On Tuesday afternoon, as President Obama was bringing an occasionally contentious but often illuminating hour-long conversation about the Middle East to an end, I brought up a persistent worry. “A majority of American Jews want to support the Iran deal,” I said, “but a lot of people are anxiety-ridden about this, as am I.” Like many Jews—and also, by the way, many non-Jews—I believe that it is prudent to keep nuclear weapons out of the hands of anti-Semitic regimes. Obama, who earlier in the discussion had explicitly labeled the supreme leader of Iran, Ayatollah Ali Khamenei, an anti-Semite, responded with an argument I had not heard him make before.
“Look, 20 years from now, I’m still going to be around, God willing. If Iran has a nuclear weapon, it’s my name on this,” he said, referring to the apparently almost-finished nuclear agreement between Iran and a group of world powers led by the United States. “I think it’s fair to say that in addition to our profound national-security interests, I have a personal interest in locking this down.”
New research confirms what they say about nice guys.
Smile at the customer. Bake cookies for your colleagues. Sing your subordinates’ praises. Share credit. Listen. Empathize. Don’t drive the last dollar out of a deal. Leave the last doughnut for someone else.
Sneer at the customer. Keep your colleagues on edge. Claim credit. Speak first. Put your feet on the table. Withhold approval. Instill fear. Interrupt. Ask for more. And by all means, take that last doughnut. You deserve it.
Follow one of those paths, the success literature tells us, and you’ll go far. Follow the other, and you’ll die powerless and broke. The only question is, which is which?
Of all the issues that preoccupy the modern mind—Nature or nurture? Is there life in outer space? Why can’t America field a decent soccer team?—it’s hard to think of one that has attracted so much water-cooler philosophizing yet so little scientific inquiry. Does it pay to be nice? Or is there an advantage to being a jerk?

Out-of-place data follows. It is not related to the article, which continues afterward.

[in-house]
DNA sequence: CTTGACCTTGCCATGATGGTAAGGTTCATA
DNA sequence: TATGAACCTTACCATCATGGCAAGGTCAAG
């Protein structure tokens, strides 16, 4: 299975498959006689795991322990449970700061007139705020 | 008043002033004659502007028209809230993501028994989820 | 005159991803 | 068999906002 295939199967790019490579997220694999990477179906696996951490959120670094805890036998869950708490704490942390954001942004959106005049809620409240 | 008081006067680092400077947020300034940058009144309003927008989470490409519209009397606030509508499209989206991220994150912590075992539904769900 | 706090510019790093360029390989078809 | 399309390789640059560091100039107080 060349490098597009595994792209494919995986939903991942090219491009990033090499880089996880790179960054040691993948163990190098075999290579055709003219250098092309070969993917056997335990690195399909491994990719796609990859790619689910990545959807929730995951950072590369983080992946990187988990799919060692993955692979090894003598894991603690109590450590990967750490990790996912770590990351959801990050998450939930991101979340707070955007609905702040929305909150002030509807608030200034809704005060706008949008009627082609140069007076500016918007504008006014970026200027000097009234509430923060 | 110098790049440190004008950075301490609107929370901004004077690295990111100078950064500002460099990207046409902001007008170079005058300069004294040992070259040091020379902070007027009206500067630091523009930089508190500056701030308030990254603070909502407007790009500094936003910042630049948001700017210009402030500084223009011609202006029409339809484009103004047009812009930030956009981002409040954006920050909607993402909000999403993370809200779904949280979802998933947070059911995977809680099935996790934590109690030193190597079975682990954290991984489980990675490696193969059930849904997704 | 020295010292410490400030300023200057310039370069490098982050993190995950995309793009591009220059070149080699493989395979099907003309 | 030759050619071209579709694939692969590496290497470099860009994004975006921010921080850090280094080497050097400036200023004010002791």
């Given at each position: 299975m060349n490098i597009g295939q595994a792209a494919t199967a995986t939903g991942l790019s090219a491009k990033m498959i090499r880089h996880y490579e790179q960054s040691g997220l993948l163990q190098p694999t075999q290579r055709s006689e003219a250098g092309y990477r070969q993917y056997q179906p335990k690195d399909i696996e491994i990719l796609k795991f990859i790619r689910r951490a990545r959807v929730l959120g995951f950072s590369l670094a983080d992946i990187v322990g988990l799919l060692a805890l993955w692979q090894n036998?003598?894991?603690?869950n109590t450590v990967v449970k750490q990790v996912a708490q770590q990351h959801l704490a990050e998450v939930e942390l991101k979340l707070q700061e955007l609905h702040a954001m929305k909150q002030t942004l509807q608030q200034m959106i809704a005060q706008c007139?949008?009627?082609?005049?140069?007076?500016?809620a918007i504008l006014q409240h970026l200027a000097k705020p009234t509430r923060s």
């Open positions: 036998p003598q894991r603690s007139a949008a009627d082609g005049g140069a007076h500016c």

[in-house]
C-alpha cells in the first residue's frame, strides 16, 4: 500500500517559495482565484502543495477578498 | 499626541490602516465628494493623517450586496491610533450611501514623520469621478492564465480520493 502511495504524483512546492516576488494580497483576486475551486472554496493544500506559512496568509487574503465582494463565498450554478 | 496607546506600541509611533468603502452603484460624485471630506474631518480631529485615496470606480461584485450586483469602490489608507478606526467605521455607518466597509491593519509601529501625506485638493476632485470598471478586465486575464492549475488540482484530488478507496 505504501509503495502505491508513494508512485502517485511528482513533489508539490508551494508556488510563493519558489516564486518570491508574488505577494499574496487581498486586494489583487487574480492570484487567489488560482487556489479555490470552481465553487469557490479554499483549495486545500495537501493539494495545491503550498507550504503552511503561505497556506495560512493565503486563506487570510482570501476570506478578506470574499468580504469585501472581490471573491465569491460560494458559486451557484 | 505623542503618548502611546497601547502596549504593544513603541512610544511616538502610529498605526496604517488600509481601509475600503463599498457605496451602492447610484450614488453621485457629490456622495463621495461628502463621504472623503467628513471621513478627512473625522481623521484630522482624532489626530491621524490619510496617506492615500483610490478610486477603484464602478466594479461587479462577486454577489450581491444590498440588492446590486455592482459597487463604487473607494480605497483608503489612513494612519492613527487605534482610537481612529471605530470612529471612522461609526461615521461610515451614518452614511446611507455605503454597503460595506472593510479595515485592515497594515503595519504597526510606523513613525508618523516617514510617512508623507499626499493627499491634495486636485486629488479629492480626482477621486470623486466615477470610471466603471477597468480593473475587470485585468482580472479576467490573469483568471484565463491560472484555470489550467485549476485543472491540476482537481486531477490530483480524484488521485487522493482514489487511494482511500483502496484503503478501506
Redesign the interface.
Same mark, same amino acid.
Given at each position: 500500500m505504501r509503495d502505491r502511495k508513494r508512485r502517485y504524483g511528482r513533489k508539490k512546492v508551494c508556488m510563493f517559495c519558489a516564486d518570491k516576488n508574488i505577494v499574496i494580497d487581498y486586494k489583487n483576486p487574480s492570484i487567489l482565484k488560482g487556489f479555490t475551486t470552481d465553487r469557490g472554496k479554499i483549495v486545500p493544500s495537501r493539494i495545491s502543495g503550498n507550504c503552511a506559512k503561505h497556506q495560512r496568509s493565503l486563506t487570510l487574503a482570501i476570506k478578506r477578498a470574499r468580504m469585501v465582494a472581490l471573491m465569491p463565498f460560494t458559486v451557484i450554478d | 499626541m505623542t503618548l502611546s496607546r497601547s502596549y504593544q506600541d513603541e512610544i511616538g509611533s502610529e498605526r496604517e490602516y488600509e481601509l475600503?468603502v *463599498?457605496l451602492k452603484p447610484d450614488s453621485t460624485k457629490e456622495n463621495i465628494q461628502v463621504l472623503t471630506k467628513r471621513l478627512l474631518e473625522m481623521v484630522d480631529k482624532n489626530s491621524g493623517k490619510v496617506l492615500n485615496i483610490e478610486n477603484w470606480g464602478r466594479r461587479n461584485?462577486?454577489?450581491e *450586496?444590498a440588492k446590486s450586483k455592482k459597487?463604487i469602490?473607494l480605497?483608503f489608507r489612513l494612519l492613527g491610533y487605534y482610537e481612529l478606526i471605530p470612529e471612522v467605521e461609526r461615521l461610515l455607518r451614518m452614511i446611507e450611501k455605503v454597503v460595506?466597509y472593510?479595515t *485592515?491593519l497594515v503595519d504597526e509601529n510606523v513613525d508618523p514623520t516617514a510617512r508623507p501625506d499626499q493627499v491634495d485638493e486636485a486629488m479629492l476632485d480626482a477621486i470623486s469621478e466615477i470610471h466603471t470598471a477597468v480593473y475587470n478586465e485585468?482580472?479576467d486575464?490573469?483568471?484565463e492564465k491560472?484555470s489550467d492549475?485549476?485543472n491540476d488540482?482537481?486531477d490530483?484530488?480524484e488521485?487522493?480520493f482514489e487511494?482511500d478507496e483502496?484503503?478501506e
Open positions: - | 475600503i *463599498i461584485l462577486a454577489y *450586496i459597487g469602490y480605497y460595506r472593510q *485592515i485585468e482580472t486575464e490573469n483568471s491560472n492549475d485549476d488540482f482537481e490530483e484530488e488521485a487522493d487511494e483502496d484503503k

Singapore’s mind-bending logical riddles are so last month. Enter: Vietnam, the latest country to be swept up in what could easily be known as “the viral-math epidemic of 2015.”
This one might even trump its Singaporean predecessor, which became a global legend earlier this year. That quandary, for those who aren’t familiar with it, asked fifth-graders to figure out the birthday of a certain “Cheryl,” who gave two of her friends—“Albert” and “Bernard”—a list of 10 possible dates. She then privately told Albert the month, and Bernard the day. (“Albert: I don’t know when Cheryl’s birthday is, but I know that Bernard does not know too. Bernard: At first I don’t know when Cheryl’s birthday is, but I now know. Albert: Then I also know when Cheryl’s birthday is.”)
A scholar’s analysis of American culture presumes too much.
Last week, Gawkerinterviewed Robin DiAngelo, a professor of multicultural education at Westfield State University. She discussed aspects of her thinking on whiteness, which are set forth at length in her book, What Does it Mean to be White? I’ve ordered the book.
Meanwhile, her remarks on police brutality piqued my interest. Some of what Professor DiAngelo said is grounded in solid empirical evidence: blacks and Hispanics are disproportionately victimized by misbehaving police officers; there are neighborhoods where police help maintain racial and class boundaries. And if our culture, which she calls “the water we swim in,” contained fewer parts racism per million, I suspect that police brutality would be less common.
The common theme is the harassment of people without probable cause to think that they are doing anything illegal.
Two recent articles about the Drug Enforcement Administration harassing Amtrak passengers have elicited like responses from a number of Atlantic readers. “Hey,” they’ve more or less written, “I’ve been harassed aboard Amtrak, too!”